In 1958, the supervision of space exploration activities in the United States was assembled under a new government agency, called the National Aeronautics and Space Administration (NASA).
The Soviets Have Many Firsts in Space
Soviet successes in space continued. The first human in space was Soviet cosmonaut Yuri Gagarin, who made one orbit around Earth on April 12, 1961. This flight lasted 108 minutes. About three weeks later, NASA launched astronaut Alan Shepard into space on a suborbital flight. This flight went into space but did not fully orbit the planet. Shepard’s flight lasted about 15 minutes. Three weeks later, President John F. Kennedy challenged the United States, declaring: “I believe that this nation should commit itself to achieving the goal, before the decade is out, of landing a man on the moon and returning him safely to Earth.”
The Soviet Union achieved several space goals ahead of the United States. In addition to launching the first satellite, the first dog, and the first human in space, in 1959 the Soviets launched the first human-made object to hit the moon: Luna 2. Less than four months after Gagarin’s 108-minute flight, a Soviet mission orbited a cosmonaut around Earth for an entire day. The U.S.S.R. achieved the first spacewalk, in which a human first took steps outside a spacecraft in outer space, in 1965. The Soviet Union also sent the first woman to space.
The U.S. Space Program Takes Flight
During the 1960s, NASA made progress toward President Kennedy’s goal of landing a human on the moon. They did this with a program called Project Gemini. In this program, astronauts tested technology needed for future flights to the moon and their own ability to spend days in spaceflight. Project Gemini was followed by Project Apollo, which took astronauts into orbit around the moon and to the moon’s surface between 1968 and 1972.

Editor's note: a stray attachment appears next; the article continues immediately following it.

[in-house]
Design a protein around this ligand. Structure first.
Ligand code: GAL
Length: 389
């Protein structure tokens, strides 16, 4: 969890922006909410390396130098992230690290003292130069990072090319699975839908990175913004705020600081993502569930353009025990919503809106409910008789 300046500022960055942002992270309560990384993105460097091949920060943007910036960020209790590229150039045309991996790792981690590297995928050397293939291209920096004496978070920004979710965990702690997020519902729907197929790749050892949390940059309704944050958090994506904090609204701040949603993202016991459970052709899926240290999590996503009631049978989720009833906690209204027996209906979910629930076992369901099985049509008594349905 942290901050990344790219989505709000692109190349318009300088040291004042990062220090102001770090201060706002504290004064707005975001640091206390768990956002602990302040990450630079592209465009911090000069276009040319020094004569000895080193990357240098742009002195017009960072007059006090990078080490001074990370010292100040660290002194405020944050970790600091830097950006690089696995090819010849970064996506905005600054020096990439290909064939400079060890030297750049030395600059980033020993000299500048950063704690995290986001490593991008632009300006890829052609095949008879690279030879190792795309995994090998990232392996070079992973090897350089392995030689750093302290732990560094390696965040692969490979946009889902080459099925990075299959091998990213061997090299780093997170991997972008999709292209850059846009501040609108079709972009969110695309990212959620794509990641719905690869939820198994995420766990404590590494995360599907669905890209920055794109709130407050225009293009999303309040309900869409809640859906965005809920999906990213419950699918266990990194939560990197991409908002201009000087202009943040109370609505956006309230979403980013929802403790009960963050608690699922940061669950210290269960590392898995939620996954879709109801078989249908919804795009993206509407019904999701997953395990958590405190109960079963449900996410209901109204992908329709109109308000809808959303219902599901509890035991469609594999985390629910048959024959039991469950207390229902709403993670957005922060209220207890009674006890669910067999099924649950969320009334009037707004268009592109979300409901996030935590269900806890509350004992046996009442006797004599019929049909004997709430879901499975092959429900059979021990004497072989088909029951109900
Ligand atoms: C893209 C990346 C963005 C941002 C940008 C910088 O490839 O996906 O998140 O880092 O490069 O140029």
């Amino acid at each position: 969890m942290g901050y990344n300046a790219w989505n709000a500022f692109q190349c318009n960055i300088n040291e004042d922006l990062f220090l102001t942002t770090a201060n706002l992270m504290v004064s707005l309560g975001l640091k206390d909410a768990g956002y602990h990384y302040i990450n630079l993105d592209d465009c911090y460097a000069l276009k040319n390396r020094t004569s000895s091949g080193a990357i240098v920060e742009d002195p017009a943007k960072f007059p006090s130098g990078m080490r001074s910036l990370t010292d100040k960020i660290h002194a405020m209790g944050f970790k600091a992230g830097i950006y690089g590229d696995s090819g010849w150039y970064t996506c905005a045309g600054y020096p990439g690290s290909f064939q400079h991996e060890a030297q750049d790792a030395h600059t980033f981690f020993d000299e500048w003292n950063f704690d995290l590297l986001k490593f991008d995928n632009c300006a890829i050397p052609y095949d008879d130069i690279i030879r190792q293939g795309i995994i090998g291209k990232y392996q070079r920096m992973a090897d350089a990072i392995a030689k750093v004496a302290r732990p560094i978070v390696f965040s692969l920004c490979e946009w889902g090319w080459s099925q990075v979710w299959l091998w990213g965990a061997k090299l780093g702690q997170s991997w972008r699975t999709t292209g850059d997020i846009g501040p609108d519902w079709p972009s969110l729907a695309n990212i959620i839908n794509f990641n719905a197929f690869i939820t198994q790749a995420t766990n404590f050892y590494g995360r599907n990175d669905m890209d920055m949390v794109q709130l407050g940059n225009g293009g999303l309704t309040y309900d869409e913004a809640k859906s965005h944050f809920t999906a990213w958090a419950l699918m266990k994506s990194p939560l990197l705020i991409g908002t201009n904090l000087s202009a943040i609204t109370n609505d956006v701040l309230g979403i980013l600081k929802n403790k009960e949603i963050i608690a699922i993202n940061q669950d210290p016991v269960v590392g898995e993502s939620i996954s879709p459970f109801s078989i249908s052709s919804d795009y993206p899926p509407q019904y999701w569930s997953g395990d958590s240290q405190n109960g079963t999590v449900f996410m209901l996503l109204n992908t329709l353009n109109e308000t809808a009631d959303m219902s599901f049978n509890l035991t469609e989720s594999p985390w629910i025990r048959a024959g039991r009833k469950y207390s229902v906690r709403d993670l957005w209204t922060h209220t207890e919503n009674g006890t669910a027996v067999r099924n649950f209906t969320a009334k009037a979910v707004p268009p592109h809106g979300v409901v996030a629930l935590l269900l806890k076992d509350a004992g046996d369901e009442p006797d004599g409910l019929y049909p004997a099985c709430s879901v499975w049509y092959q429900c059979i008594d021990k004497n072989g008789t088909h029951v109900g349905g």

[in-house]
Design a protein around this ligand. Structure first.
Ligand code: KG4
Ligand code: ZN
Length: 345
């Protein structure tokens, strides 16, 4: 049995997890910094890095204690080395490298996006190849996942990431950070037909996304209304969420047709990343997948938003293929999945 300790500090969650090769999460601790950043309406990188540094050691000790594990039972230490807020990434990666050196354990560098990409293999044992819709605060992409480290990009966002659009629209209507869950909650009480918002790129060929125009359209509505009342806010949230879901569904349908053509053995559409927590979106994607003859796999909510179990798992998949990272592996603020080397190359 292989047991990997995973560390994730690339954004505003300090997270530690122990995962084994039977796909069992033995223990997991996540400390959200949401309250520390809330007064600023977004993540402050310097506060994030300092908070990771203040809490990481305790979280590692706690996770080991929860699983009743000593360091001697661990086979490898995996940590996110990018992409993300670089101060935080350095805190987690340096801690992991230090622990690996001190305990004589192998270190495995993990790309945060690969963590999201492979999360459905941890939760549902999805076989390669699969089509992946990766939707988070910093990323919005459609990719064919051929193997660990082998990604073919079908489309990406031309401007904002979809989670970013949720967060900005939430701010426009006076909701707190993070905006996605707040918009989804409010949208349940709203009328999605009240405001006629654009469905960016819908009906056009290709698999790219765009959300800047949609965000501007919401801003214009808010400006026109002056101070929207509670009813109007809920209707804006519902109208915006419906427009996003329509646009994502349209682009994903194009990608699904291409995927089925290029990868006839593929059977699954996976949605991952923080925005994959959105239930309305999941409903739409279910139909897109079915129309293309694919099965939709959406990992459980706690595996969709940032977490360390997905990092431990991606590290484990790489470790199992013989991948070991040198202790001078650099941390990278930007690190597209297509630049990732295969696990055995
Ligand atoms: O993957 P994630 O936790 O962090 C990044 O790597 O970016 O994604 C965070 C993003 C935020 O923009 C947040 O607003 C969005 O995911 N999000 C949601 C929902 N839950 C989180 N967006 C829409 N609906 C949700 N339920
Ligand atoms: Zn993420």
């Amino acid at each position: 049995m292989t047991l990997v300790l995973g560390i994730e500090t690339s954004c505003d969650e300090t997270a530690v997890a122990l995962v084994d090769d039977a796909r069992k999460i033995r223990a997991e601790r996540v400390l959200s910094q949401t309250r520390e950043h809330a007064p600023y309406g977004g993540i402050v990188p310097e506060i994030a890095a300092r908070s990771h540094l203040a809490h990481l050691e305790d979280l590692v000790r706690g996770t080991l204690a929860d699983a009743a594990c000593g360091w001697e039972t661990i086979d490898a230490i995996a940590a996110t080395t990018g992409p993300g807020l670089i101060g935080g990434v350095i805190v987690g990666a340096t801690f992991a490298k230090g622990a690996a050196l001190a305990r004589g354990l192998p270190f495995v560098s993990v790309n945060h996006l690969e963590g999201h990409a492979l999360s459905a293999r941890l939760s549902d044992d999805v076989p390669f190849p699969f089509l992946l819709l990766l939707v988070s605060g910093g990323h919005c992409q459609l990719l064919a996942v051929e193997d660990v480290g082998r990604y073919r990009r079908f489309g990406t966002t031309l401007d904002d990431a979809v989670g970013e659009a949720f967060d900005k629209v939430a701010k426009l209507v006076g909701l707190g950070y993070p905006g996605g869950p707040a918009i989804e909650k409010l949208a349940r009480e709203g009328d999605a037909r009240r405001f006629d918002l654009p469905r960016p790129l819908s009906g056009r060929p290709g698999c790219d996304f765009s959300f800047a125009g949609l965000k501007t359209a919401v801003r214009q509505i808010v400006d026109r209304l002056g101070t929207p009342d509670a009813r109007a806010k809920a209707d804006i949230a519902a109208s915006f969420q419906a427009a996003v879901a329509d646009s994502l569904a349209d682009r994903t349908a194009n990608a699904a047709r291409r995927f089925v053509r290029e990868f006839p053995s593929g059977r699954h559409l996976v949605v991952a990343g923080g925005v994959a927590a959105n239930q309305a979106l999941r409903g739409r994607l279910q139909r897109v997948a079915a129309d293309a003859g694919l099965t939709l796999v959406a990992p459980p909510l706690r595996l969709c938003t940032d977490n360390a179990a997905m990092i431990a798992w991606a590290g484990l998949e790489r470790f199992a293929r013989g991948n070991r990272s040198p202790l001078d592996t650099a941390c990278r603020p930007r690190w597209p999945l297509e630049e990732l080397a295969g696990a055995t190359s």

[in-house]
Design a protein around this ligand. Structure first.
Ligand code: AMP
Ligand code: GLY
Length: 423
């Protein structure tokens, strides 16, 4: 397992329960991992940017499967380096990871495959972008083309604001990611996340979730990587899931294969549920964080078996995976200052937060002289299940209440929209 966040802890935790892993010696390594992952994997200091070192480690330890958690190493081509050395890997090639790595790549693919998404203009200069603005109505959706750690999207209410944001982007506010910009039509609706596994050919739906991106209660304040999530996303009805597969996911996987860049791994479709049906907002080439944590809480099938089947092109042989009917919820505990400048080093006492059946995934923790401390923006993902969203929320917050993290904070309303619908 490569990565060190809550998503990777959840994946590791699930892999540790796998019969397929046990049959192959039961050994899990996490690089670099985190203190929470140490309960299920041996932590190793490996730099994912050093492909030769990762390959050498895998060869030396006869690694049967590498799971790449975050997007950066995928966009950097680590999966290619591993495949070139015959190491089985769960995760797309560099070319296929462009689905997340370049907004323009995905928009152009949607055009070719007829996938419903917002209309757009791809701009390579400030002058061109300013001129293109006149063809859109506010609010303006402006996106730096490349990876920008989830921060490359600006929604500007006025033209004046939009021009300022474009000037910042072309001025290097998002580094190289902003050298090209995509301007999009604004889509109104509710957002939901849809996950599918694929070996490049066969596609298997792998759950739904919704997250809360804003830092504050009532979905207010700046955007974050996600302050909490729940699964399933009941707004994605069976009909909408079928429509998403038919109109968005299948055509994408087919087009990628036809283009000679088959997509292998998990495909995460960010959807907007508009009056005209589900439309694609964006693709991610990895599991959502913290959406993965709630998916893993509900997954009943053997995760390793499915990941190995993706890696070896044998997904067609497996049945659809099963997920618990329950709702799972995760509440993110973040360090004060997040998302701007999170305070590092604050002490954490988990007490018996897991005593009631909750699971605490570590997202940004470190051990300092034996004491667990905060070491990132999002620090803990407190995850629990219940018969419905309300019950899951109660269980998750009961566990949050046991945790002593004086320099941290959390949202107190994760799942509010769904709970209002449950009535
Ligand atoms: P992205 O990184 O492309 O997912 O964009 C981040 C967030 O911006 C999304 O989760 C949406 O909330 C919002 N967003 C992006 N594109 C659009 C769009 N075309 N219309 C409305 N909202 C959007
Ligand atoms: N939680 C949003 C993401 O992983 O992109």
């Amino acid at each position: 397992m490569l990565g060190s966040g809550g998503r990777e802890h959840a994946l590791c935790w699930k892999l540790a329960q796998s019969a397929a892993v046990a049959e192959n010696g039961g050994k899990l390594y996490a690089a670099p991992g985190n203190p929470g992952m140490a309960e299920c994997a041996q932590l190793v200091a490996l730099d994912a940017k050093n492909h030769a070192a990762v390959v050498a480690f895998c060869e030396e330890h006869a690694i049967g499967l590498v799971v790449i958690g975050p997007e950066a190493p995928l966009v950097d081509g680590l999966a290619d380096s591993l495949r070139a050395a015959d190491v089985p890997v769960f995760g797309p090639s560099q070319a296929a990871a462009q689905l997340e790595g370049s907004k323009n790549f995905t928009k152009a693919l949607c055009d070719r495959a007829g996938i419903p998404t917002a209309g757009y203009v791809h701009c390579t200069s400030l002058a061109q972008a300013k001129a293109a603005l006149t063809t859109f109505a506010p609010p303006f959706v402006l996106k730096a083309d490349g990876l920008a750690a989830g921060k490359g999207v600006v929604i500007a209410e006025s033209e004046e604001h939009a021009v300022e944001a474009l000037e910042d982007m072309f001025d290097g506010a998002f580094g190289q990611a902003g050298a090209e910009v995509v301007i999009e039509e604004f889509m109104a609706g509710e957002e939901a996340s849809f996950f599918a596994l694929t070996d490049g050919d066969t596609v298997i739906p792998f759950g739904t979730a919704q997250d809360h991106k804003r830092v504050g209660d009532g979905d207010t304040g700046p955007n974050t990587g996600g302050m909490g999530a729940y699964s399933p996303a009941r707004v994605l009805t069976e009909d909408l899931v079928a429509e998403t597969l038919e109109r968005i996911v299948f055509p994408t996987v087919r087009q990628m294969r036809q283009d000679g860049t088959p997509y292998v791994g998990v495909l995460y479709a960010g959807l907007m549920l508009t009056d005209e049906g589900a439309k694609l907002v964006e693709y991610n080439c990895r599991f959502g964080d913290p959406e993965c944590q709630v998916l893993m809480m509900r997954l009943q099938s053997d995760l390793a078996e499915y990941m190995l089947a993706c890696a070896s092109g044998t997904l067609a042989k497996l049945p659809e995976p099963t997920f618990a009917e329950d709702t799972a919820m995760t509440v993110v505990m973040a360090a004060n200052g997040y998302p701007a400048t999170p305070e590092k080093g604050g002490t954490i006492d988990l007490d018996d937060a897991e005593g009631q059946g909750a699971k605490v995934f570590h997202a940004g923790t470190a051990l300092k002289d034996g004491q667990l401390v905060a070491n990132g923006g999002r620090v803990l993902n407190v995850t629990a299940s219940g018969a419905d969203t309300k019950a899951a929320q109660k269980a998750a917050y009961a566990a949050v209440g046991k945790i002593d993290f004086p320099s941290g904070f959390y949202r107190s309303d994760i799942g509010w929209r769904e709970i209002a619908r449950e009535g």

In 1969, on Apollo 11, Neil Armstrong became the first human to set foot on the moon’s surface. NASA had met President Kennedy’s challenge and would eventually land a total of six missions on the moon.
During these landed missions, astronauts collected samples of rocks and dust that scientists still study today. During the 1960s and 1970s, NASA also launched a series of space probes called Mariner, which studied the Venus, Mars, and Mercury. Probes are robotic spacecraft that fly without pilots on board.
Space stations marked the next phase of space exploration. The first space station in Earth orbit was the Soviet Salyut 1 station, which was launched in 1971. This was followed by NASA’s Skylab space station. This was the first orbital laboratory in which astronauts and scientists studied Earth and the effects of spaceflight on the human body. During the 1970s, NASA also carried out Project Viking in which two probes landed on Mars, took photographs, examined the chemistry of Mars’ surface, and tested the dirt for microorganisms.
New Technology Is Taking Up Space
The Apollo Moon program ended in 1972. Since then space exploration has consisted largely of countries participating in research on the International Space Station. However, probes continue to travel throughout our solar system. In recent years, probes have made many discoveries. They have discovered oceans underneath the surface ice of a moon Jupiter and a moon of Saturn. Scientists think these oceans may contain life.
Meanwhile, instruments such as the Kepler Space Telescope have discovered thousands of exoplanets. These are planets outside of our solar system that orbit other stars. Advances in technology allow these instruments to collect and record new information about the atmospheres of some of these exoplanets.